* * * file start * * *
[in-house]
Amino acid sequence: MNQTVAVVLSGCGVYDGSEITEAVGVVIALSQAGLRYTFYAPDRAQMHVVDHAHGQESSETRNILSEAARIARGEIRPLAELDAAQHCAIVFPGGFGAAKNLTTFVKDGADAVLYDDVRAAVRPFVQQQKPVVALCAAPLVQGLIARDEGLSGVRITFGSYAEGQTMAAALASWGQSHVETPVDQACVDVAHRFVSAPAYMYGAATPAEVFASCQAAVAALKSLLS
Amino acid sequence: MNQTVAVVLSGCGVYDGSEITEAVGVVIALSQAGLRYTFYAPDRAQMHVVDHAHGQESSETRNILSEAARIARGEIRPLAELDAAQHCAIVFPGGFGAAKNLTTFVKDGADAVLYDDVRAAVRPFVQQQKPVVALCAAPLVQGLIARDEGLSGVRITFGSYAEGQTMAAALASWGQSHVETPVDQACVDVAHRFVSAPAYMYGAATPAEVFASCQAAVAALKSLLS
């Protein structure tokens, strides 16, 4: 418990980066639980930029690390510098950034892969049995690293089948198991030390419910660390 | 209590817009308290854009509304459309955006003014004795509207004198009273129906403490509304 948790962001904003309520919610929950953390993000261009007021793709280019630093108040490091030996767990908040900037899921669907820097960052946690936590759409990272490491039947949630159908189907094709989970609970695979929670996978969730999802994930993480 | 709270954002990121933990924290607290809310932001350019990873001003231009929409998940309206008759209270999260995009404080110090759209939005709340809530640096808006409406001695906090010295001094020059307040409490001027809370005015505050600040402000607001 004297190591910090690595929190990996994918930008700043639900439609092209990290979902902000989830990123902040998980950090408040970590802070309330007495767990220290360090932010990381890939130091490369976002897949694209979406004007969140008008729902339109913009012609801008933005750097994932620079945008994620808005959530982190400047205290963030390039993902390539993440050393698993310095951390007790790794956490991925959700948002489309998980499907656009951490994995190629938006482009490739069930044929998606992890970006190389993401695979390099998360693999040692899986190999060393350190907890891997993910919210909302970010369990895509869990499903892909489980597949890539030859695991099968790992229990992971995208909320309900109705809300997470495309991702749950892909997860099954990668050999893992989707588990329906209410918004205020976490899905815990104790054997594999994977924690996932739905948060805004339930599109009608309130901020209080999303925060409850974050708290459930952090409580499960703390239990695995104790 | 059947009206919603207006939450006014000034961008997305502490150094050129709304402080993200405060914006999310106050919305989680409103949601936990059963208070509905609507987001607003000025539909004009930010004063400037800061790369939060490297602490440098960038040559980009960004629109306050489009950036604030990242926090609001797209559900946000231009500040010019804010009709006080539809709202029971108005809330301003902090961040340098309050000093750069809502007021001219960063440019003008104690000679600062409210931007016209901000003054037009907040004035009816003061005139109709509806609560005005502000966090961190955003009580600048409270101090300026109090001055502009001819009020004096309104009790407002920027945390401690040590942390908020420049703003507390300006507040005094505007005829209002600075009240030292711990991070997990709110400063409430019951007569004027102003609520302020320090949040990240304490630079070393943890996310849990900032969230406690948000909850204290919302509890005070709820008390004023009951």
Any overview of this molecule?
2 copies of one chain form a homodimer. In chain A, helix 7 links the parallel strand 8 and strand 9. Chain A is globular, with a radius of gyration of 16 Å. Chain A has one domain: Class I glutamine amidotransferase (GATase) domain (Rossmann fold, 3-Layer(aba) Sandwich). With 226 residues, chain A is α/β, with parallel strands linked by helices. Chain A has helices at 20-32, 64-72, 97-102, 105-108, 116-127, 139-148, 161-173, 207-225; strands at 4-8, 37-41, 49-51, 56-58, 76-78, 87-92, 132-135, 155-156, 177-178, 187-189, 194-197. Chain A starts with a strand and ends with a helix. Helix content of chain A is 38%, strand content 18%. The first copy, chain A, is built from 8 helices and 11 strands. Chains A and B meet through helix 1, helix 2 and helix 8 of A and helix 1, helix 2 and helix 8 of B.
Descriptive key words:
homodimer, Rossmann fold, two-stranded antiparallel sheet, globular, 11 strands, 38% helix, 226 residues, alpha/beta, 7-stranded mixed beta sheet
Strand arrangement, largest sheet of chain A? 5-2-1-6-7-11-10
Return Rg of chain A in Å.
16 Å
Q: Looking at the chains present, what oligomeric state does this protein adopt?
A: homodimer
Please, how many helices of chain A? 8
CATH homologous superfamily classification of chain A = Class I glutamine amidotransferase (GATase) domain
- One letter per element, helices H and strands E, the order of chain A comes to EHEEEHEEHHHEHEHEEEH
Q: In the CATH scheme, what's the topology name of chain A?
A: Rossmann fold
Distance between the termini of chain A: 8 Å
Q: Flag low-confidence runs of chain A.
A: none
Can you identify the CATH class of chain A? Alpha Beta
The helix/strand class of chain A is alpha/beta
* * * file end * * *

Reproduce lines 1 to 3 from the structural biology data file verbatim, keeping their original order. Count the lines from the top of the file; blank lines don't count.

[in-house]
Amino acid sequence: MNQTVAVVLSGCGVYDGSEITEAVGVVIALSQAGLRYTFYAPDRAQMHVVDHAHGQESSETRNILSEAARIARGEIRPLAELDAAQHCAIVFPGGFGAAKNLTTFVKDGADAVLYDDVRAAVRPFVQQQKPVVALCAAPLVQGLIARDEGLSGVRITFGSYAEGQTMAAALASWGQSHVETPVDQACVDVAHRFVSAPAYMYGAATPAEVFASCQAAVAALKSLLS
Amino acid sequence: MNQTVAVVLSGCGVYDGSEITEAVGVVIALSQAGLRYTFYAPDRAQMHVVDHAHGQESSETRNILSEAARIARGEIRPLAELDAAQHCAIVFPGGFGAAKNLTTFVKDGADAVLYDDVRAAVRPFVQQQKPVVALCAAPLVQGLIARDEGLSGVRITFGSYAEGQTMAAALASWGQSHVETPVDQACVDVAHRFVSAPAYMYGAATPAEVFASCQAAVAALKSLLS